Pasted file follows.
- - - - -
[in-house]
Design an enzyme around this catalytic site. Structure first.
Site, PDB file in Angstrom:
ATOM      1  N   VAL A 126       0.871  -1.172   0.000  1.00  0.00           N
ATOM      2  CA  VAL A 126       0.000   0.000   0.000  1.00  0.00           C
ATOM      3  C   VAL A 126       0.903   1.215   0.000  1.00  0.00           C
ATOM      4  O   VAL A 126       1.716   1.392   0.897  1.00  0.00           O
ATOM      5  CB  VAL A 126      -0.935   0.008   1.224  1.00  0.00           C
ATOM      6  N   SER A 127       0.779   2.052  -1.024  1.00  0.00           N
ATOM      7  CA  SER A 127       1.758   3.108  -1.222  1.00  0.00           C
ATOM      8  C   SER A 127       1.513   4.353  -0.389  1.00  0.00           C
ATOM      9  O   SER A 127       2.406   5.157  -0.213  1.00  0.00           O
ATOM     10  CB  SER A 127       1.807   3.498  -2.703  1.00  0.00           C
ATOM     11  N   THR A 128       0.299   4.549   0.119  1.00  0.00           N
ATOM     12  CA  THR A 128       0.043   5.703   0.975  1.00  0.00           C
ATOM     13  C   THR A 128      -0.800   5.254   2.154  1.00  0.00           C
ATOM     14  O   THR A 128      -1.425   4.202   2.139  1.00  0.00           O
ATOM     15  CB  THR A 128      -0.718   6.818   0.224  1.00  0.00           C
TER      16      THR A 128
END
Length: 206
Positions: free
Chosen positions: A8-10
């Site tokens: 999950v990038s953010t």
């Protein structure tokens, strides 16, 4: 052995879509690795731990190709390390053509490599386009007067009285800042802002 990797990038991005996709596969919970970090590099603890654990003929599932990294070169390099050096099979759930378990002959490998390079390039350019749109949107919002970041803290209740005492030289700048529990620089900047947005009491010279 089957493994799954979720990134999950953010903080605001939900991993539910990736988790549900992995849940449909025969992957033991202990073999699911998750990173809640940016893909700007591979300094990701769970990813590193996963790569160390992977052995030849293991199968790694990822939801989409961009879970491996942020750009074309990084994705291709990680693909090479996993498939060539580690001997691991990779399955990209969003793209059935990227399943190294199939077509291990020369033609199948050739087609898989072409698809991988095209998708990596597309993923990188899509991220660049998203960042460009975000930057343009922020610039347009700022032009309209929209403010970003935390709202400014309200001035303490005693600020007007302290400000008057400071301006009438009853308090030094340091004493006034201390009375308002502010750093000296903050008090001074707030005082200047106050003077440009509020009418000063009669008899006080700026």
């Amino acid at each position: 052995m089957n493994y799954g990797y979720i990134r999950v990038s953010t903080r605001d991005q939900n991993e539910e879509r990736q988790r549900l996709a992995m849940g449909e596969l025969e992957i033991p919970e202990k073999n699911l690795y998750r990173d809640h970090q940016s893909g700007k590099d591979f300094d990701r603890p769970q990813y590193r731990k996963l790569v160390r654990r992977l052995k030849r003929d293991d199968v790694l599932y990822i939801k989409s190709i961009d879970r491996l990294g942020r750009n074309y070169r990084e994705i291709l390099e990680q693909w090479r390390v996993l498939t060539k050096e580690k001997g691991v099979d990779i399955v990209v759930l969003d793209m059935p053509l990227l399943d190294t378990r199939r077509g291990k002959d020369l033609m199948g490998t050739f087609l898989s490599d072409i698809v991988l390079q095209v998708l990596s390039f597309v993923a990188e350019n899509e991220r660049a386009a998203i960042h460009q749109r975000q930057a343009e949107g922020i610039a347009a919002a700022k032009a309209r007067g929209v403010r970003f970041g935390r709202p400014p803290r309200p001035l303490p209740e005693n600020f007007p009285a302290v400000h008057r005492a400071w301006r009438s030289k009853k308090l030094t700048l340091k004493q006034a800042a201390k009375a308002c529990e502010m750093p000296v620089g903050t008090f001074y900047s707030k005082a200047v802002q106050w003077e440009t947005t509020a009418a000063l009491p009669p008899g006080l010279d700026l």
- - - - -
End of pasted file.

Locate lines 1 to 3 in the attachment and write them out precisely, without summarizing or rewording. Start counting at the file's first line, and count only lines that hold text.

[in-house]
Design an enzyme around this catalytic site. Structure first.
Site, PDB file in Angstrom: